Each Friday, the Heavy Table presents a new installment of Knife Skills, a culinary novel presented piece by piece as it’s written. If you’re uncomfortable with salty language, please be aware that characters regularly use words and phrases unacceptable in polite conversation. In the author’s imagination, some members of the food service industry have a tendency to swear. For previous and subsequent installments, visit the Heavy Table’s Fiction directory.
The Roman Market was a place that both Emily and Robertson felt comfortable in. Family run; low-key; simple dishes; good ingredients. Pizza and artichoke dip were among the staples. Pretense was non-existent. The staff was warm and welcoming. Any time the two of them had come to the restaurant, they’d left happy, a track record unrivaled by any other spot in town.
Robertson spotted Emily sitting at the bar as he strolled in. He was 10 minutes late and palpably nervous. He’d bought a new button-down shirt for the occasion, and it was ill-fitting and struck him as rather more corporate than was plausible. He regretted it as he approached her, and then forgot himself as he took stock of the situation.
She looked more or less like she always did: small in stature, curvy but toned, intensely focused and alert, neatly coiffed. He knew that when they spoke, she’d be constantly poised between wariness and her light, musical laugh, which had become the highlight of his phone conversations with her. One of the recurring highlights of his week or month, it occurred to him. Her hair, jet black and forward-swooping, was cut fashionably short. She’d deliberately dressed down: jeans and a figure-hugging fleece. Her earrings were small and gold, bright little pinpoints on her delicate ears. She looked tired, and, when she spotted him ambling up to the bar, profoundly happy to see him.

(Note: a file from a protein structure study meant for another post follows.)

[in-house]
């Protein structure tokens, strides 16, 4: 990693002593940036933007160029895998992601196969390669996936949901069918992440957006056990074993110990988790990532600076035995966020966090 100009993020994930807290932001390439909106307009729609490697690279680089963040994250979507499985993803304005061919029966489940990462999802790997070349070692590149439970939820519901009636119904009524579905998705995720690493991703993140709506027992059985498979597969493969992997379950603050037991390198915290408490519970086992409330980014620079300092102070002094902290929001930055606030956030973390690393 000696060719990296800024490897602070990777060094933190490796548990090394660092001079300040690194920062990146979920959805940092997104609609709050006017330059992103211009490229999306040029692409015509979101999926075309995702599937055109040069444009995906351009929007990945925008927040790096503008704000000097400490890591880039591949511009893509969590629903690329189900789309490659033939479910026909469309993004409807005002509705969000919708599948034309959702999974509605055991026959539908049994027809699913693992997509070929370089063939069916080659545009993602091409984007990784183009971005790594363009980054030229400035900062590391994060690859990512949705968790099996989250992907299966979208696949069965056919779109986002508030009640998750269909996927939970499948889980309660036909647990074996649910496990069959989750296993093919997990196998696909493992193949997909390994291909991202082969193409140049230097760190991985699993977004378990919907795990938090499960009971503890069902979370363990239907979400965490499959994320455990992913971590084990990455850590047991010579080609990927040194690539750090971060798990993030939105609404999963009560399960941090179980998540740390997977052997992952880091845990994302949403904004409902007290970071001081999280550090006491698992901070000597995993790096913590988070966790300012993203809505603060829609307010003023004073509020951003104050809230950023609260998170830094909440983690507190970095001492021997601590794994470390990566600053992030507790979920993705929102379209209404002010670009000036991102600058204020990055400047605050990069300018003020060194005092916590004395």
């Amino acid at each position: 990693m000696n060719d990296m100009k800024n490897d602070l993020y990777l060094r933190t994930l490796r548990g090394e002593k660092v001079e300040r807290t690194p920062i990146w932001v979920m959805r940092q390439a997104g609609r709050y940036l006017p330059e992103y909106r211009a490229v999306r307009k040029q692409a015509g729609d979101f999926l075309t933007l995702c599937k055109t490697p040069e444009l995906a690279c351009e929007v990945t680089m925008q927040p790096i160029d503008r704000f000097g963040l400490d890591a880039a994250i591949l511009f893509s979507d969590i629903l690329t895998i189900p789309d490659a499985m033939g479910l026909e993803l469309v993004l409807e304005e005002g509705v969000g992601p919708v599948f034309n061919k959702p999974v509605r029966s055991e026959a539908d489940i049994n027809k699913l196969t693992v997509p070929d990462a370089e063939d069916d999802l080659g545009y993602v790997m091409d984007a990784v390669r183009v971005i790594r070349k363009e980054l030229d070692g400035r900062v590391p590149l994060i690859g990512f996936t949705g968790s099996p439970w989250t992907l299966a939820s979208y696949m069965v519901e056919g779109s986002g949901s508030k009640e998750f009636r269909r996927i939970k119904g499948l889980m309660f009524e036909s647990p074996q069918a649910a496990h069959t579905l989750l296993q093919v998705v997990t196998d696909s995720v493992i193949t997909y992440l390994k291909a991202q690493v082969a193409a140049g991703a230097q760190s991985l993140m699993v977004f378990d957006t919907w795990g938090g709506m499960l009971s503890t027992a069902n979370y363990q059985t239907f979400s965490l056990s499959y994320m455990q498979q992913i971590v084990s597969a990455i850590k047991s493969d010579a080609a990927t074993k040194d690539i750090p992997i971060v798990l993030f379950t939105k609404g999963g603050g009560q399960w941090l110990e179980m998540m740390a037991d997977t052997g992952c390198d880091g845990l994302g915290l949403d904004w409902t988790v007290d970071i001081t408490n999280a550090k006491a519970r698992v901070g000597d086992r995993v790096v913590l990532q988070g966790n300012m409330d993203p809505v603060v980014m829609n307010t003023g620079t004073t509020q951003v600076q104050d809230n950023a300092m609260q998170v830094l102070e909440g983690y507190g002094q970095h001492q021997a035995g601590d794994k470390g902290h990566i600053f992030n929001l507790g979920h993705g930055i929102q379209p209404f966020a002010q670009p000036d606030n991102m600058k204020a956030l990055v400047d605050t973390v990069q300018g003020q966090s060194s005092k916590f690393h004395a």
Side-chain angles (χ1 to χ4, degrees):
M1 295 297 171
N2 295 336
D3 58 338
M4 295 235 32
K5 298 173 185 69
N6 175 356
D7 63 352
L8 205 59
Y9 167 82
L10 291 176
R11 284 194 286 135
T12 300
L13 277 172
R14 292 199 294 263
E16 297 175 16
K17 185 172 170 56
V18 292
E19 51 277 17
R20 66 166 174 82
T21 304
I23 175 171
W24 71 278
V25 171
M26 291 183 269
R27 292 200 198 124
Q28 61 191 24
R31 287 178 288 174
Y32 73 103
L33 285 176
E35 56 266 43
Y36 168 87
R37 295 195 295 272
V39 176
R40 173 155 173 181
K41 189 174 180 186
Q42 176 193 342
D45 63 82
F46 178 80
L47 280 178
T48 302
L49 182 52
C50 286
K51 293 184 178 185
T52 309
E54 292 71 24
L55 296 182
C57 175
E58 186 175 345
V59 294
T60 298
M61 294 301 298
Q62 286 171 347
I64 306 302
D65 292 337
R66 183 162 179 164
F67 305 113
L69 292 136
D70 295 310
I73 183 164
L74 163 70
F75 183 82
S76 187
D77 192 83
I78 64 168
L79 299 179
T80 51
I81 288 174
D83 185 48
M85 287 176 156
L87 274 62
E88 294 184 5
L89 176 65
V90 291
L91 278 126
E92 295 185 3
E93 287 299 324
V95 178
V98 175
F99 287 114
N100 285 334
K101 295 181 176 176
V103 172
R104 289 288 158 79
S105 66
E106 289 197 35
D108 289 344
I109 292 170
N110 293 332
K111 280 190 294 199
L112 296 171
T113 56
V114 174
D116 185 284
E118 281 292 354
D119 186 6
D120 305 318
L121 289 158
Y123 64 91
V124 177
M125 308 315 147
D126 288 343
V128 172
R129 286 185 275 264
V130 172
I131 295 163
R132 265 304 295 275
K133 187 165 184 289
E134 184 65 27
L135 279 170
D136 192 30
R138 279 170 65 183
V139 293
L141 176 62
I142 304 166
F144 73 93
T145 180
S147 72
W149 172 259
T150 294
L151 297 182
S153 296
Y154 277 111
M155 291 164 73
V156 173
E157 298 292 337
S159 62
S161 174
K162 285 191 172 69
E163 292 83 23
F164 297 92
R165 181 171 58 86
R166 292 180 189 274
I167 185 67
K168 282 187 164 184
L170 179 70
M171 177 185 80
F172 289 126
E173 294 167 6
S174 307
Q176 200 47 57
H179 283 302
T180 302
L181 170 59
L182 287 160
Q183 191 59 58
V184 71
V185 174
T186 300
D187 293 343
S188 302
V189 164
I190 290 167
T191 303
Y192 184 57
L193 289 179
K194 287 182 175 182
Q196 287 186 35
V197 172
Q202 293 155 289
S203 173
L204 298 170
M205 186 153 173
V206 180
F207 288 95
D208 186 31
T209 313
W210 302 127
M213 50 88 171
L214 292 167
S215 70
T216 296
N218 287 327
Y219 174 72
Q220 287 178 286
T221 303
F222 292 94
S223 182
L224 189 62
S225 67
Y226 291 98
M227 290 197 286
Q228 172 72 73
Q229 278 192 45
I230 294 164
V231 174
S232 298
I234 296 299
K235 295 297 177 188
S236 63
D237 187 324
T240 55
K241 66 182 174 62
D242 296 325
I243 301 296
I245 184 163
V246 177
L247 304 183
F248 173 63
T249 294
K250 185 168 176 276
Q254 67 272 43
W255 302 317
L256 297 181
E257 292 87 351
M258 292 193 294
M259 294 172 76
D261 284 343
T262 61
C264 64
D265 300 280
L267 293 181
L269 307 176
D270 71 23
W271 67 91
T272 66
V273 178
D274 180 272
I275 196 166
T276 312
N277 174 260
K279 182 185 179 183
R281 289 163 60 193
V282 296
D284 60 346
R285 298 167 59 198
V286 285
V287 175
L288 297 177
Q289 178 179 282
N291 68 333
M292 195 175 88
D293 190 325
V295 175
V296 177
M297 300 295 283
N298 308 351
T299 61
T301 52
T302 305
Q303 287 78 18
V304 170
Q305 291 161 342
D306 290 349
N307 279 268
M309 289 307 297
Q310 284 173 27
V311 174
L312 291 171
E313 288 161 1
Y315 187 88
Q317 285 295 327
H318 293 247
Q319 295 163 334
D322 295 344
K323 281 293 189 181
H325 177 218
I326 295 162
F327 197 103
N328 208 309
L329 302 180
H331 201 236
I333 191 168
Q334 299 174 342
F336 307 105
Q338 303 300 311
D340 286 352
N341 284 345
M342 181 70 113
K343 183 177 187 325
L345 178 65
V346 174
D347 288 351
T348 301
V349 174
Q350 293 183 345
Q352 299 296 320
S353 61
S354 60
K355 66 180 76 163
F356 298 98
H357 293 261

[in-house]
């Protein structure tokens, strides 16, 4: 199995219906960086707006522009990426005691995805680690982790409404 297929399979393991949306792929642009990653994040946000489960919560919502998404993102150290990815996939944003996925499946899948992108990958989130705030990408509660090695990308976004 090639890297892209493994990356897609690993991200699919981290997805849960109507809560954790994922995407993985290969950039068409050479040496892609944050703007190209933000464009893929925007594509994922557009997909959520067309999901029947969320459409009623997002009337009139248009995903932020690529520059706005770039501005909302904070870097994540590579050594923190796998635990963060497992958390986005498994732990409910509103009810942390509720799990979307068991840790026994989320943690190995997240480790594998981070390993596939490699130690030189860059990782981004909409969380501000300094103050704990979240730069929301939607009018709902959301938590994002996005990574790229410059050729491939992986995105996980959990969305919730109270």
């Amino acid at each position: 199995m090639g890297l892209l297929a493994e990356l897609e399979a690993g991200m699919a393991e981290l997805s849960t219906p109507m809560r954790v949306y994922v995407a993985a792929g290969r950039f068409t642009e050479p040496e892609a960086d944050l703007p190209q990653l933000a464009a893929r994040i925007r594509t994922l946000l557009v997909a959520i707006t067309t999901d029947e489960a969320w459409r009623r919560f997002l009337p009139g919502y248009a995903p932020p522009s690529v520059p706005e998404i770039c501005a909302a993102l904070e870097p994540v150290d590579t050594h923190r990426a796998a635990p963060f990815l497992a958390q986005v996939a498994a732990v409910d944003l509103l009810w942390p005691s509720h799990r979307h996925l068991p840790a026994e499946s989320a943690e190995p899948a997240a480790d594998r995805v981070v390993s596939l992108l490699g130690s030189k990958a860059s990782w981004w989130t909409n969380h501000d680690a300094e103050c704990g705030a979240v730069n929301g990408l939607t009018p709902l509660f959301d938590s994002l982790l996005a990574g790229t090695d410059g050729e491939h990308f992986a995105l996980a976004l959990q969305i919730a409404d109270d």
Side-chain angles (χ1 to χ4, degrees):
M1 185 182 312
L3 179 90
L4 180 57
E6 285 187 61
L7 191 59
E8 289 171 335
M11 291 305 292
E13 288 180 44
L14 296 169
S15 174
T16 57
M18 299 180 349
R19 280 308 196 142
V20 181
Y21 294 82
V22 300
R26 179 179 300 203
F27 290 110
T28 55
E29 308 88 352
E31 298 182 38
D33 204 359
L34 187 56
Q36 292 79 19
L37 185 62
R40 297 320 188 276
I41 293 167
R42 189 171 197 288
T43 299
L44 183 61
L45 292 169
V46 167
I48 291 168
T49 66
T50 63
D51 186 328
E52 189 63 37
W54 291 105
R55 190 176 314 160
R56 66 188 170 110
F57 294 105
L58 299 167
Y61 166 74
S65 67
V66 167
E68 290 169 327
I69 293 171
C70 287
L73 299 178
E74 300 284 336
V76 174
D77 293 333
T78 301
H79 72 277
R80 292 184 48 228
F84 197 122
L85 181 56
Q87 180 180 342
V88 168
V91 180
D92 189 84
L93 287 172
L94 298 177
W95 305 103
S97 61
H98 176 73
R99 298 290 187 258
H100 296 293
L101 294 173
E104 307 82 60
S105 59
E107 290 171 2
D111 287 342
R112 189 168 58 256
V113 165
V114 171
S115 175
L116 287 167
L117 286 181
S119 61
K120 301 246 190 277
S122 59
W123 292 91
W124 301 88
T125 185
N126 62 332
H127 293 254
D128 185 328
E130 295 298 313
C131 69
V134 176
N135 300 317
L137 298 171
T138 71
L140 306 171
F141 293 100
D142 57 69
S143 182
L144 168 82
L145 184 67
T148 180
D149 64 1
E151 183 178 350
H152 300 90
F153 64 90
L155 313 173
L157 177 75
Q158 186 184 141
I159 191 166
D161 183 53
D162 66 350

“Robert!” she said, jumping off her bar stool and giving him a hug. The top of her head came to the bottom of his chin. He smiled and hugged her back. The two of them stayed interlocked for a little longer than seemed reasonable. Eventually, she stepped back and looked up at him. “Hey. I’m glad we were able to make this happen.”
“Me too,” said Robertson. “Let’s get some pizza or something.”
The two of them started with a Spirito, a crispy / chewy herbed flatbread cut into pieces and served with pesto, finely diced tomatoes, and goat cheese. “This is so simple,” said Robertson. “But so damn good. Really balanced.”
“How about both?” asked Robertson, spooning pesto onto a piece of bread, rolling it up, and popping it into his mouth.
“Sounds good,” said Emily. “How are things with your family… this whole thing with your step-dad…?”
“God,” said Robertson. “I don’t know. You’d think you marry a drunk once, and the idea of repeating it seems like a bad one, right? That you, I don’t know, learn something?”
“You can’t blame your mother…”
“Why not?” asked Robertson. “I mean, you’re probably right, if there’s anyone really hurting right now, it’s her. I certainly don’t miss Dave that much. He never really cared for me, either. Guy was… well, he’s dead. Whatever.”